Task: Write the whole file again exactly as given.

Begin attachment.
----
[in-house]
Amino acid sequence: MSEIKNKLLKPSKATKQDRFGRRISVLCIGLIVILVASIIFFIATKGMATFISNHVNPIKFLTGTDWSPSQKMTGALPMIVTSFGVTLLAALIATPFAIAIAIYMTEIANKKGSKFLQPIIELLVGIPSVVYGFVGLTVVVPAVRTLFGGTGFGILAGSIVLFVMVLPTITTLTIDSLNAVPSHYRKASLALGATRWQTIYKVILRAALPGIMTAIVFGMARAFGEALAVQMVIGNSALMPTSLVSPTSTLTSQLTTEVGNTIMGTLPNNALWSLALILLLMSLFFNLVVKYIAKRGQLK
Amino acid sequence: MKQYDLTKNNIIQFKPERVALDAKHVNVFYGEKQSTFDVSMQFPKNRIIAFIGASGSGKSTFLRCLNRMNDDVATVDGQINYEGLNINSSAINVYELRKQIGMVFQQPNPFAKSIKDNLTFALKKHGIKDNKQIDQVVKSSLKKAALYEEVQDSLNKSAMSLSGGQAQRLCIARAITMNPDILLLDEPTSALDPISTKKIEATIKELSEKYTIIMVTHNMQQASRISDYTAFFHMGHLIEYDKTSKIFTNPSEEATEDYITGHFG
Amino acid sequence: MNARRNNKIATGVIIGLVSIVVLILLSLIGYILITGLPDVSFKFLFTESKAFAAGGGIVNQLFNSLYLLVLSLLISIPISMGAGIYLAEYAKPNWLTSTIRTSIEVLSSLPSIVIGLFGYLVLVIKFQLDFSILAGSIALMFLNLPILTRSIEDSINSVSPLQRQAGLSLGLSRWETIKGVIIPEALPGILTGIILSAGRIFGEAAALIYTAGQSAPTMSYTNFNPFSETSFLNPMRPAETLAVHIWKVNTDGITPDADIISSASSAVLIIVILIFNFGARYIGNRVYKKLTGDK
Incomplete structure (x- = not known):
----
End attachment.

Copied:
[in-house]
Amino acid sequence: MSEIKNKLLKPSKATKQDRFGRRISVLCIGLIVILVASIIFFIATKGMATFISNHVNPIKFLTGTDWSPSQKMTGALPMIVTSFGVTLLAALIATPFAIAIAIYMTEIANKKGSKFLQPIIELLVGIPSVVYGFVGLTVVVPAVRTLFGGTGFGILAGSIVLFVMVLPTITTLTIDSLNAVPSHYRKASLALGATRWQTIYKVILRAALPGIMTAIVFGMARAFGEALAVQMVIGNSALMPTSLVSPTSTLTSQLTTEVGNTIMGTLPNNALWSLALILLLMSLFFNLVVKYIAKRGQLK
Amino acid sequence: MKQYDLTKNNIIQFKPERVALDAKHVNVFYGEKQSTFDVSMQFPKNRIIAFIGASGSGKSTFLRCLNRMNDDVATVDGQINYEGLNINSSAINVYELRKQIGMVFQQPNPFAKSIKDNLTFALKKHGIKDNKQIDQVVKSSLKKAALYEEVQDSLNKSAMSLSGGQAQRLCIARAITMNPDILLLDEPTSALDPISTKKIEATIKELSEKYTIIMVTHNMQQASRISDYTAFFHMGHLIEYDKTSKIFTNPSEEATEDYITGHFG
Amino acid sequence: MNARRNNKIATGVIIGLVSIVVLILLSLIGYILITGLPDVSFKFLFTESKAFAAGGGIVNQLFNSLYLLVLSLLISIPISMGAGIYLAEYAKPNWLTSTIRTSIEVLSSLPSIVIGLFGYLVLVIKFQLDFSILAGSIALMFLNLPILTRSIEDSINSVSPLQRQAGLSLGLSRWETIKGVIIPEALPGILTGIILSAGRIFGEAAALIYTAGQSAPTMSYTNFNPFSETSFLNPMRPAETLAVHIWKVNTDGITPDADIISSASSAVLIIVILIFNFGARYIGNRVYKKLTGDK
Incomplete structure (x- = not known):